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Editorial: Highway funding needs more attention


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A truck driver hauling freight from Point A to Point B must put the semitrailer into gear and put his right foot on the accelerator to accomplish this task. Gov. Mike Pence and state highway officials need to do likewise to figure out how to fund needed projects.

They’re faced with serious challenges that will make funding highway repairs and improvements more difficult. The state’s 18-cents-per-gallon gas tax doesn’t generate the revenue it used to because vehicles have become more fuel-efficient.

The federal Highway Trust Fund is strapped for cash, meaning money that states receive for road projects is unpredictable. With the trust facing bankruptcy, Congress provided a short-term solution with an infusion of $11 billion into the fund.

 

That averted drastic cuts this summer, but it didn’t solve the problem. Congress needs to get serious about long-term solutions for funding the trust fund.

Pence and state highway officials need to take the reins on the issue statewide, come up with solutions and put them into action in order to fund road projects. Failure to do so has serious implications to the state’s economy.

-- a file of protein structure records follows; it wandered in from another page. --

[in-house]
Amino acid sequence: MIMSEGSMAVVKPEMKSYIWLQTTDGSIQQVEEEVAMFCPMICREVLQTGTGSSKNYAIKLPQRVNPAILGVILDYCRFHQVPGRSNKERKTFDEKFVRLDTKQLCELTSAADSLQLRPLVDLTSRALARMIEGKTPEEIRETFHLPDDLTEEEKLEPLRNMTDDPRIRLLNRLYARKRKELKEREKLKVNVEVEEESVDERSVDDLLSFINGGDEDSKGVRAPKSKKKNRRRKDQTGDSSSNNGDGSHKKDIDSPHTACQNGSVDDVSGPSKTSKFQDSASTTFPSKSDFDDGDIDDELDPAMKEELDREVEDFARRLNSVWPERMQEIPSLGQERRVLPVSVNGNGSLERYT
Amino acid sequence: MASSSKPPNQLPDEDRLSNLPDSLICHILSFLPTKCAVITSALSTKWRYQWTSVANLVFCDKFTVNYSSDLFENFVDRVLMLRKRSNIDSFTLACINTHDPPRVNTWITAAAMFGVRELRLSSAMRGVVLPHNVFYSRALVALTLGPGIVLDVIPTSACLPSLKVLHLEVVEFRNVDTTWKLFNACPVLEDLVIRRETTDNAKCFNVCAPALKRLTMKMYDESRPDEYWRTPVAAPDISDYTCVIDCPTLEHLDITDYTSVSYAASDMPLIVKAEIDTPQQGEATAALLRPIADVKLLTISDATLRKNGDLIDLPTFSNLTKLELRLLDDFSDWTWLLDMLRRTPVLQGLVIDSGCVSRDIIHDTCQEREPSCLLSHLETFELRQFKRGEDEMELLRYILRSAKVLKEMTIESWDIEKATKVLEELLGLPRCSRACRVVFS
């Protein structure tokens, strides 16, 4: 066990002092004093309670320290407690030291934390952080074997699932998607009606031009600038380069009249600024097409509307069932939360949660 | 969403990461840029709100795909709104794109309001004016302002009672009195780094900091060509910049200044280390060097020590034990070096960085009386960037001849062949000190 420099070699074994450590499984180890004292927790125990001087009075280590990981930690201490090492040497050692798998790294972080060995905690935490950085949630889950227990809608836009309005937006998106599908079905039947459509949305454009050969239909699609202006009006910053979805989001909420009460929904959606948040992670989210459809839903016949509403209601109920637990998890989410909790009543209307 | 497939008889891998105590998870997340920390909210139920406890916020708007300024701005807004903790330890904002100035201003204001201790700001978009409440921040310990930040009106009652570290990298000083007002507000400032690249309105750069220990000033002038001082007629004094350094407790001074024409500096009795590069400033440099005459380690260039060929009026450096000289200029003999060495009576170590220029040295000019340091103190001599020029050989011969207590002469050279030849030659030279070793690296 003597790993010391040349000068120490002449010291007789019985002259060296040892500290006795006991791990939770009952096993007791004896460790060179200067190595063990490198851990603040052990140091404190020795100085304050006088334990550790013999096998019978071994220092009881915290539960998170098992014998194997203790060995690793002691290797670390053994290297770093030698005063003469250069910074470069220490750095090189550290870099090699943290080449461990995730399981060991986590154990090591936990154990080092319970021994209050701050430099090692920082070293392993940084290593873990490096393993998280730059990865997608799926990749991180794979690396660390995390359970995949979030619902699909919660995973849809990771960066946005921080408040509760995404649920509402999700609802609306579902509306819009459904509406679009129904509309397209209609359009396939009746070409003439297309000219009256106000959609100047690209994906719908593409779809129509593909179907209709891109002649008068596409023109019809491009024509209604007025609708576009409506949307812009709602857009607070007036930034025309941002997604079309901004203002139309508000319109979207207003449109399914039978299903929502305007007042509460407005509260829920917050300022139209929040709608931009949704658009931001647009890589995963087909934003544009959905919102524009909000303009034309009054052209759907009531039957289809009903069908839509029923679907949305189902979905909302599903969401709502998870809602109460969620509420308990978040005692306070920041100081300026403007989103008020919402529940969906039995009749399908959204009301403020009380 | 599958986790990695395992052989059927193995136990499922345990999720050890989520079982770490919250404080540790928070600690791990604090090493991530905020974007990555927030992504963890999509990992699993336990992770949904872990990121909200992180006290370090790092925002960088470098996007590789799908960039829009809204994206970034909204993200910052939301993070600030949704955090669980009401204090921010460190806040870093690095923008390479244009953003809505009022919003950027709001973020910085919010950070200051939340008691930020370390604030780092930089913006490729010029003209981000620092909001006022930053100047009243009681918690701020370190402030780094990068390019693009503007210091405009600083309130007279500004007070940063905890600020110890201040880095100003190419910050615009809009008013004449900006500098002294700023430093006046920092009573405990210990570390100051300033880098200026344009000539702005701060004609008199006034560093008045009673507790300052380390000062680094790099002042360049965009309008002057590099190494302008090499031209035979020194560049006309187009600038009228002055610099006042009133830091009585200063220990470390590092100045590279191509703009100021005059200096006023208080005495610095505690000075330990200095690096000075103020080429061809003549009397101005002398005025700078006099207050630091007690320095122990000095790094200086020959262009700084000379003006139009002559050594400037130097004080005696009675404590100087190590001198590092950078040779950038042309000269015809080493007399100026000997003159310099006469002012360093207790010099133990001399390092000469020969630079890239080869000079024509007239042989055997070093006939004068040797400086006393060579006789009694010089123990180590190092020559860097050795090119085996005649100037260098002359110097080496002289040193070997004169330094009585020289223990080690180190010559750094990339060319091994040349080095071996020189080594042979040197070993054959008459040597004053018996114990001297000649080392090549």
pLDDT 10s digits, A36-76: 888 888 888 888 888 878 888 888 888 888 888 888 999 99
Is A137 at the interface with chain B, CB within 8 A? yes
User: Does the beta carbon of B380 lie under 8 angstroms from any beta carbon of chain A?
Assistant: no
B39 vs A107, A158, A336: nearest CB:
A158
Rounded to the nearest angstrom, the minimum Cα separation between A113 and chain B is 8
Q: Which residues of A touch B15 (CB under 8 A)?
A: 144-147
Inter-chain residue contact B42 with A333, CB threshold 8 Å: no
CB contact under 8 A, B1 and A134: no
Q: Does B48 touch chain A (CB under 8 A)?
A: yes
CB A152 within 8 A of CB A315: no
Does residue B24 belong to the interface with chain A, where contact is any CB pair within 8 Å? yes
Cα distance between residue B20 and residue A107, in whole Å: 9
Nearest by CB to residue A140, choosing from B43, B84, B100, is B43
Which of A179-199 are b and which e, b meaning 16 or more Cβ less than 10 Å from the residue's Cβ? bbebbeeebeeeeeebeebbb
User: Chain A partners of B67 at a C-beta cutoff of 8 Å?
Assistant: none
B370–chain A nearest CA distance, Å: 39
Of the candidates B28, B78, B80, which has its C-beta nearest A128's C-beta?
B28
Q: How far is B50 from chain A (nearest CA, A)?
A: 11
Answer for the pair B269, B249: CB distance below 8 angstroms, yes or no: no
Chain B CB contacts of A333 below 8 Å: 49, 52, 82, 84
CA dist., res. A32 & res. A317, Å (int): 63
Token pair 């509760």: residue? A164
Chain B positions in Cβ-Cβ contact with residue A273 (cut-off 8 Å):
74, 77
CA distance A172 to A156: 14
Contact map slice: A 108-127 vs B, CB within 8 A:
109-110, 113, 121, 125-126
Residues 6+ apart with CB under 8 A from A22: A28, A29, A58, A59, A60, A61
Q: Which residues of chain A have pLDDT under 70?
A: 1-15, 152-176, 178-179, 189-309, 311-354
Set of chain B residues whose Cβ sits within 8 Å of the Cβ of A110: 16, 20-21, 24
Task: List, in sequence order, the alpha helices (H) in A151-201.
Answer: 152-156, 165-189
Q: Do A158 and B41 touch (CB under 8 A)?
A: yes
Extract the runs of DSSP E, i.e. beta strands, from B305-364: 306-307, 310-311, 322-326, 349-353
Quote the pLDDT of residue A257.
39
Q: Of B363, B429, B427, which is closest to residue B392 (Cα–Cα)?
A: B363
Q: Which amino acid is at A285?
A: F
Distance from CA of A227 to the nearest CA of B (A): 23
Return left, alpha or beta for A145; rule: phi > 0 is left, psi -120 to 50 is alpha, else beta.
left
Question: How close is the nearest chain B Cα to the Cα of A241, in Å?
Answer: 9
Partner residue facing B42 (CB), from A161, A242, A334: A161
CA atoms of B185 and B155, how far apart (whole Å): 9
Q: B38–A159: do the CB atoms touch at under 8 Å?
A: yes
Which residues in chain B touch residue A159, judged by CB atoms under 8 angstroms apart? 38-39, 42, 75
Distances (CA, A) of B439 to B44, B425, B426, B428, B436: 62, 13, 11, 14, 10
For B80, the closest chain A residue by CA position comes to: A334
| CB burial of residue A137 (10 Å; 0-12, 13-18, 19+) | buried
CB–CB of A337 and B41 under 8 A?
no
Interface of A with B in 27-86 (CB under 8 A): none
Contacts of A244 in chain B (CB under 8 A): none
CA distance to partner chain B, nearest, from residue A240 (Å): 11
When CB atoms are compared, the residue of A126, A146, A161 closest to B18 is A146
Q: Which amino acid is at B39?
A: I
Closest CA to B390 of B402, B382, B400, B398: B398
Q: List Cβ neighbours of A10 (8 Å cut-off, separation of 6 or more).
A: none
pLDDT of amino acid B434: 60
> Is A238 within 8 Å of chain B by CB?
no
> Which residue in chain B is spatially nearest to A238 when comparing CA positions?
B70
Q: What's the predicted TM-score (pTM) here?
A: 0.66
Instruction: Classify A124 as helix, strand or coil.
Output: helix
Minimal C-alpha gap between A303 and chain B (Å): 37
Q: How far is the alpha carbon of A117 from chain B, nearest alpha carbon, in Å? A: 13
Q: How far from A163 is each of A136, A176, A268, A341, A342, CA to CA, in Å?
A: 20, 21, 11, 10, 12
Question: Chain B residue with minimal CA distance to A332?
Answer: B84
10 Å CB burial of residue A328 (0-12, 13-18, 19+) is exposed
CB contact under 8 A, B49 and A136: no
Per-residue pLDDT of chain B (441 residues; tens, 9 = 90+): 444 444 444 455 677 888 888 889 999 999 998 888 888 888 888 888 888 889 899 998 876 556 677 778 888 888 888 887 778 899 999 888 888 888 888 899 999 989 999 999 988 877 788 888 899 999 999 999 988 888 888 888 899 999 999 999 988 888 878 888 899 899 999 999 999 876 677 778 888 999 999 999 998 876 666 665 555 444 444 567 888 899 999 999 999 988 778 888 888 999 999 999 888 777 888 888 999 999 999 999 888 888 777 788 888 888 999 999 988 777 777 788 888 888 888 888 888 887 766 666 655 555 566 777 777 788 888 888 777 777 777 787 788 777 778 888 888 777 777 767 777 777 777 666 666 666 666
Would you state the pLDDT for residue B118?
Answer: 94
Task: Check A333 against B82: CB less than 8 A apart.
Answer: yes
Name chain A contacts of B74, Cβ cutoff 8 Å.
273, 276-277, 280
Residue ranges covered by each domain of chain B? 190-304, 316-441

Indiana is a hub for transportation and logistics, and manufacturers such as Cummins Inc. and NTN Driveshaft in Columbus need good highways for their products to be shipped across the country.

What would benefit the state — and Columbus-area manufacturers — significantly is an expansion of Interstate 65 from Louisville to Chicago. I-65 is a transportation artery vital to the health of Indiana’s economy.

One regional I-65 project did receive funding this year: widening the interstate between Southport Road on the southside and State Road 44 in Franklin.

However, that project was funded only after state lawmakers agreed to spend $200 million of the $400 million Pence had requested from the Major Moves construction fund. Those funds supported only one other project this year, in the Lafayette area.

Indiana needs to fund more projects than that annually to keep up with needed repairs and improvements.

The Indiana Department of Transportation is studying funding alternatives. Also, the governor appointed a panel to consider Indiana’s transportation needs.

Recently, the panel shared its suggestions, including the possibility of new user fees and tying the gas tax to inflation. However, those suggestions were described more as talking points than recommendations to act upon.

That leaves the state in neutral, no closer to reaching solutions, getting nowhere.

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